I was kind of horrified when I checked this blog/website (I’m much more likely to post over on my other blog, www.darkcreekfarm.com) to see what I still needed to do in terms of completing the transfer of the old content from my original author website to this location. Yikes! I knew there was still some tweaking to be done, but this place is a disaster! I would promise to immediately rectify the situation, but I have a growing stack of cool projects on my desk and the end of the summer to enjoy and a trip to the mountains in a couple of weeks, so I’m not quite sure when I’ll be able to push other things aside to finally, finally sit down and get this renovation done!
Meanwhile, I am loving working on those aforementioned new projects! Some time back I produced the first of a series of audiobooks for Sono Nis Press – Julie White’s The Secret Pony. This novel for kids who love horses was meant to be the first one of several to come out in this format (Here’s the link over at Audible.com, in case you are interested.) At long last I have upgraded my computer and learned the basics of Adobe’s Audition (audio editing software) so I could create chapter by chapter audio files for new projects here at my place rather than having to go into town for each recording session. I am responsible only for producing a reasonably clean and accurate reading of the text – no editing. That job is handled by the remarkable Tom Dufleit, a meticulous audio editor/producer who takes the uploaded files and then massages them into files that meet industry production standards.
I had heard that doing the voice work for an audiobook was a lot harder than it first appears, but I have to say I didn’t think it would be that bad. And, I confess, I thought that recording one of my own books would be easier than someone else’s. Hah! I hadn’t realized how much dialogue is in Tarragon Island (the first in the series and the next in the production cue)! Not only that, it isn’t just a couple of characters who talk to each other, it seems like half the island community has something to say! It’s not like I’m doing a full on theatrical production or anything, but trying to come up with subtly different character voices for all those different speaking parts and then remembering who sounds like what when they only have a couple of lines to say six chapters apart is really hard! Add to that the fact one’s voice changes depending on the time of day, how much yacking you’ve done before sitting down to record, between the start and the end of the recording session, and even whether you’ve had a hot or cold drink before starting and suddenly, it’s very impressive to listen to the great audiobook narrators remaining consistent from start to end of a very long book. It takes many hours of reading and then editing to get one hour of finished product and I can tell you it’s pretty stressful and tedious along the way!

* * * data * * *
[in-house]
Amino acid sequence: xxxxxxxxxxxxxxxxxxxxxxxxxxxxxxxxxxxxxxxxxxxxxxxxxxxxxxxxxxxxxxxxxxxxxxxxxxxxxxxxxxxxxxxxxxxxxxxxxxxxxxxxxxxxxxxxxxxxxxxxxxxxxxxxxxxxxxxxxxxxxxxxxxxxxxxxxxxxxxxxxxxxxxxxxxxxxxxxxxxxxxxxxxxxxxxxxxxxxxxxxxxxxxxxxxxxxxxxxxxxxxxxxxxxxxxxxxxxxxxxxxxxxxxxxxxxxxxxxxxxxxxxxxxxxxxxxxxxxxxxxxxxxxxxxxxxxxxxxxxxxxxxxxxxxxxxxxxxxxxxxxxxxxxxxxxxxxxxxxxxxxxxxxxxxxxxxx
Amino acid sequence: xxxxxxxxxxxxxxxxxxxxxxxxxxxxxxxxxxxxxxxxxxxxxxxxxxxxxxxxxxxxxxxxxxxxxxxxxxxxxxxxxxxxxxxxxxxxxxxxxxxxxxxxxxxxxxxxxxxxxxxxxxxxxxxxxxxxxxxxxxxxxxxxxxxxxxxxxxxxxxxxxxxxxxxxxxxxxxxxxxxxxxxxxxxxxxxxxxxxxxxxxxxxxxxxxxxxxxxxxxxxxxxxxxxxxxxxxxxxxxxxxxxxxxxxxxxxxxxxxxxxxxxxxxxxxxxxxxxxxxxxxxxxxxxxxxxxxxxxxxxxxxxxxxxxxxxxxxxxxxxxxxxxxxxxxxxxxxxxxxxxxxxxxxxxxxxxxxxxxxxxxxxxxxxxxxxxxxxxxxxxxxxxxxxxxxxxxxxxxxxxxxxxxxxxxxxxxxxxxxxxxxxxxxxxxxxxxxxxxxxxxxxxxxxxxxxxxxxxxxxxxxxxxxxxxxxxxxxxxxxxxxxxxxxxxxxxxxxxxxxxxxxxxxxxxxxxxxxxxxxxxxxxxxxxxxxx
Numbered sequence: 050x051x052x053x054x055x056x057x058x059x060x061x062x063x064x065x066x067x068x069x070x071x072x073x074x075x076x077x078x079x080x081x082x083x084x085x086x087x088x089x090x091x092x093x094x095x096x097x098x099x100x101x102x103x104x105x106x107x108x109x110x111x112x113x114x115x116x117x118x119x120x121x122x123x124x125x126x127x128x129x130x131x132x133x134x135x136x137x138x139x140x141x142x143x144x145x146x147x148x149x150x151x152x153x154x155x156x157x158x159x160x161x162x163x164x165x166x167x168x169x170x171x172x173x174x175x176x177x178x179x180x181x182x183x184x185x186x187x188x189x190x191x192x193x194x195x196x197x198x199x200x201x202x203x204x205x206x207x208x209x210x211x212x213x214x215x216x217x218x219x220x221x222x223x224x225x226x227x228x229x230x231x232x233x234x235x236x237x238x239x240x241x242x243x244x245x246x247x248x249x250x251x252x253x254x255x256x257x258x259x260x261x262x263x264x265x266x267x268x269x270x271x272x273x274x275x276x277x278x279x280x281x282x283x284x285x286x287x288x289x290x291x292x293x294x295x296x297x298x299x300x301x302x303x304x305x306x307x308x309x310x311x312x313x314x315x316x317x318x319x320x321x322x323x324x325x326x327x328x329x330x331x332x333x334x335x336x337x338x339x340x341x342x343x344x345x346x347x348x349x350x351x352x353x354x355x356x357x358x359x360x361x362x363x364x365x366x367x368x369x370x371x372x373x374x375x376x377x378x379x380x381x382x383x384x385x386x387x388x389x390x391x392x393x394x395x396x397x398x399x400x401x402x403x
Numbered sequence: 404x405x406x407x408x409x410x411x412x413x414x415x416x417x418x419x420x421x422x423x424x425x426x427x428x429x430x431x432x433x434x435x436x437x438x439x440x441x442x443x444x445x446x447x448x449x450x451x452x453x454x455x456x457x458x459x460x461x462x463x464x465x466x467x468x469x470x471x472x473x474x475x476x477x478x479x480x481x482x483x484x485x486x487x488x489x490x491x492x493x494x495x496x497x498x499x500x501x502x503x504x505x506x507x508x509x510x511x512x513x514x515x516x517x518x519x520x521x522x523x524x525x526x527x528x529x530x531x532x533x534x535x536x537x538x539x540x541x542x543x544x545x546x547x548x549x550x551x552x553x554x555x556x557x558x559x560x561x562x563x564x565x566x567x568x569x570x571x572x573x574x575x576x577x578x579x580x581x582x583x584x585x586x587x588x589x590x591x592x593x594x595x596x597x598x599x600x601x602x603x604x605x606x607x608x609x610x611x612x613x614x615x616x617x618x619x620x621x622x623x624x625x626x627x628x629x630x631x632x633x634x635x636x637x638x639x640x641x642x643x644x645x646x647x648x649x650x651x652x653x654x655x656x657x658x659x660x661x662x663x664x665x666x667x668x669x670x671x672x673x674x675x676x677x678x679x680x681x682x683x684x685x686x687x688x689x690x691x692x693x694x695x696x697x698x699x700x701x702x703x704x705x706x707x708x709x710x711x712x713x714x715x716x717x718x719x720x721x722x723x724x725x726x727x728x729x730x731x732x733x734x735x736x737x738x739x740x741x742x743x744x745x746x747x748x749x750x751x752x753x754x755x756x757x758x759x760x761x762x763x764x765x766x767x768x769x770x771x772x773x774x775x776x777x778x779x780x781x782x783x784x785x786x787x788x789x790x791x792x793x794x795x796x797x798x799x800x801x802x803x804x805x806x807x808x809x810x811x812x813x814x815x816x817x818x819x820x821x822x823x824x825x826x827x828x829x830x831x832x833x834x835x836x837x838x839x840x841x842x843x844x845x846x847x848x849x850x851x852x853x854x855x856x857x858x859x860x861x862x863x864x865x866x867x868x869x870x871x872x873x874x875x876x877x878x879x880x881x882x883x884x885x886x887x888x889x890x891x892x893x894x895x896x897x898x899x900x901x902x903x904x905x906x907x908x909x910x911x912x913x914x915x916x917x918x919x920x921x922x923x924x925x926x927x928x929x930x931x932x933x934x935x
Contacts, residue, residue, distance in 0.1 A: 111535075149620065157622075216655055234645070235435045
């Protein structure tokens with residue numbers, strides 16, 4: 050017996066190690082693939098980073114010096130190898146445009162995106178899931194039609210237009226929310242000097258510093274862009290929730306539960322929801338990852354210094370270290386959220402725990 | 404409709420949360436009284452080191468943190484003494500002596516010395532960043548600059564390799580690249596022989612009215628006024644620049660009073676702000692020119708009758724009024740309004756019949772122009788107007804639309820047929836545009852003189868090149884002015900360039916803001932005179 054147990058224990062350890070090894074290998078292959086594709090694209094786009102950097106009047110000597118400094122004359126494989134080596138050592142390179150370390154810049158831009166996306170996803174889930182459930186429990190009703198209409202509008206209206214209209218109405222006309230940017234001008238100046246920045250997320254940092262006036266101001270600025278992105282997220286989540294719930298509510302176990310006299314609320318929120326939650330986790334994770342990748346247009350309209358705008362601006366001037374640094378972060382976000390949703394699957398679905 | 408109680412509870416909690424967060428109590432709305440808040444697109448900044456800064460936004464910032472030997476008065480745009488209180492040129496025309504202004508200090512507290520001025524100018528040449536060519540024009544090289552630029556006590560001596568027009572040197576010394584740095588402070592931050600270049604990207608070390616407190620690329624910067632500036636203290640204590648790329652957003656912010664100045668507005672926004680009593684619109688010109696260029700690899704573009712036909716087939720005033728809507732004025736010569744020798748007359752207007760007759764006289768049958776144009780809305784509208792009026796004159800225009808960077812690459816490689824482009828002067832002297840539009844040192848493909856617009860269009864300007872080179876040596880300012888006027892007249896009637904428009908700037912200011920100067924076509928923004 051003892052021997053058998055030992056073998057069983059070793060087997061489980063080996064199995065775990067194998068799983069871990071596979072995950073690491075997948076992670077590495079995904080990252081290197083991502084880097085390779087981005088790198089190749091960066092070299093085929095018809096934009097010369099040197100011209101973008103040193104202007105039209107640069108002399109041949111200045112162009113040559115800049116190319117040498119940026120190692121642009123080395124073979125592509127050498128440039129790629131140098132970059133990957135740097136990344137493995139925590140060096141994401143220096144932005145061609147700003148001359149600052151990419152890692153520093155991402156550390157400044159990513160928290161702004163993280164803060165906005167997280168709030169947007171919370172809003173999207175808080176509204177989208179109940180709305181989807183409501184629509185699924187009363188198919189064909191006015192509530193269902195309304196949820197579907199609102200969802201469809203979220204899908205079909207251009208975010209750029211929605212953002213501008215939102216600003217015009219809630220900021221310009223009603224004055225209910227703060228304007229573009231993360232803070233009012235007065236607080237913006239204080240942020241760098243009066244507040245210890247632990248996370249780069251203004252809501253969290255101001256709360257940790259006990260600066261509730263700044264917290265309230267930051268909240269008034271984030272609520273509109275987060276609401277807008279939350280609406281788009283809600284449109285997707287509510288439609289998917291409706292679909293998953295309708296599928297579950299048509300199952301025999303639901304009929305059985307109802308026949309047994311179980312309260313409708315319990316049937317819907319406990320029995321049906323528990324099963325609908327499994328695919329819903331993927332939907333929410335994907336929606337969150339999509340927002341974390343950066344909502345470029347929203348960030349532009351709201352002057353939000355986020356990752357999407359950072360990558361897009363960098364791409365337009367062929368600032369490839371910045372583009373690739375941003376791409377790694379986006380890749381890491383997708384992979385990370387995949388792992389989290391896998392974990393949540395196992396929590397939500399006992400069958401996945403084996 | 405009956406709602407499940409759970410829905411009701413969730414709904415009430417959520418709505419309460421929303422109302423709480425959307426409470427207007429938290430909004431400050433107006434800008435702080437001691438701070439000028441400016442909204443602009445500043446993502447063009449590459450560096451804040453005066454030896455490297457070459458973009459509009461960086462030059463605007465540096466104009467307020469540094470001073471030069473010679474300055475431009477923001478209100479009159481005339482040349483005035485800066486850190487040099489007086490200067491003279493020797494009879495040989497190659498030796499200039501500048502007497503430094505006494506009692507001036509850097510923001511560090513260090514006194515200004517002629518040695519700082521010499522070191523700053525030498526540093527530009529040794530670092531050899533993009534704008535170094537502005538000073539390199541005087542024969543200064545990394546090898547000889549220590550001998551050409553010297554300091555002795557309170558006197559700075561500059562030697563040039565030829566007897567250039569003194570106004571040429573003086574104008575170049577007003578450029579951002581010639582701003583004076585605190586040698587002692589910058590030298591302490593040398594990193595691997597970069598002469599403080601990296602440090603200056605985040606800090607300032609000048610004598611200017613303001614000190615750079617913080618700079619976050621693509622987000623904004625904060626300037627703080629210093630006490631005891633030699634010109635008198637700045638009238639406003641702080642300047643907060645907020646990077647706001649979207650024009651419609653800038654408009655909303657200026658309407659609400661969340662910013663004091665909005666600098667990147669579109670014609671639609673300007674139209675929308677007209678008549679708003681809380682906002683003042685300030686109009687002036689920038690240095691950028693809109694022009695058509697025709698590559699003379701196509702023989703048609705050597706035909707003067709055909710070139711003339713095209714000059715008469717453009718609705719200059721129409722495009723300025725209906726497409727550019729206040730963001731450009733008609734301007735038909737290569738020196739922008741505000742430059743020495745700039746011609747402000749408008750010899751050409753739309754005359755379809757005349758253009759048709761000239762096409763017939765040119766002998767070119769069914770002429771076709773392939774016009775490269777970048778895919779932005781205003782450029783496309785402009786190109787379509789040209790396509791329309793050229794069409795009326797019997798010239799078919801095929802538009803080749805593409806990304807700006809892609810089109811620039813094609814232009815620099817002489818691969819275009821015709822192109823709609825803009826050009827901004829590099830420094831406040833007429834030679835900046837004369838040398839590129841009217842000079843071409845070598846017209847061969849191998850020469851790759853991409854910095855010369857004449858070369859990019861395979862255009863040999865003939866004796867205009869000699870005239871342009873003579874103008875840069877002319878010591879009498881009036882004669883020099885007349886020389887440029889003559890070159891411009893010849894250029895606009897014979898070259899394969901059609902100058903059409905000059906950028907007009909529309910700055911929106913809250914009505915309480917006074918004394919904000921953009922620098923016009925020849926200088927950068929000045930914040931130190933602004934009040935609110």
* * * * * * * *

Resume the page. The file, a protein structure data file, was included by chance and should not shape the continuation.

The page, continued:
If it isn’t bad enough I have to pay attention to what I’m reading, any ambient noise, rustle of paper, clunk or thump from some distant place in the house – or, heaven forbid, sirens or creaking doors or the hum of the heat pump outside – all has to be controlled. If I notice a problem, I have to re-do that section of the chapter. If I don’t notice right away (or if my reading doesn’t exactly match what is written) Tom lets me know later and I have to create another, correct sound file. I don’t have a fully insulated sound booth, so I’m making do with a small pantry that is tucked away in a quiet corner downstairs. Even so, I have to unplug the fridge in the mudroom next door, the freezers in the pantry, and shut down the central A/C-furnace-heat pump while I’m recording to try to minimize as much extraneous noise as possible. I didn’t think the pantry was a noisy room until I began this mission to not have to commute to town for these sessions.
The good news is the technical bugs are pretty well worked out and Tom the Meticulous is reasonably happy with the files I am sending him, so with any luck we can get into a bit of a routine and get the next several audiobooks out there into the digital world before too much longer.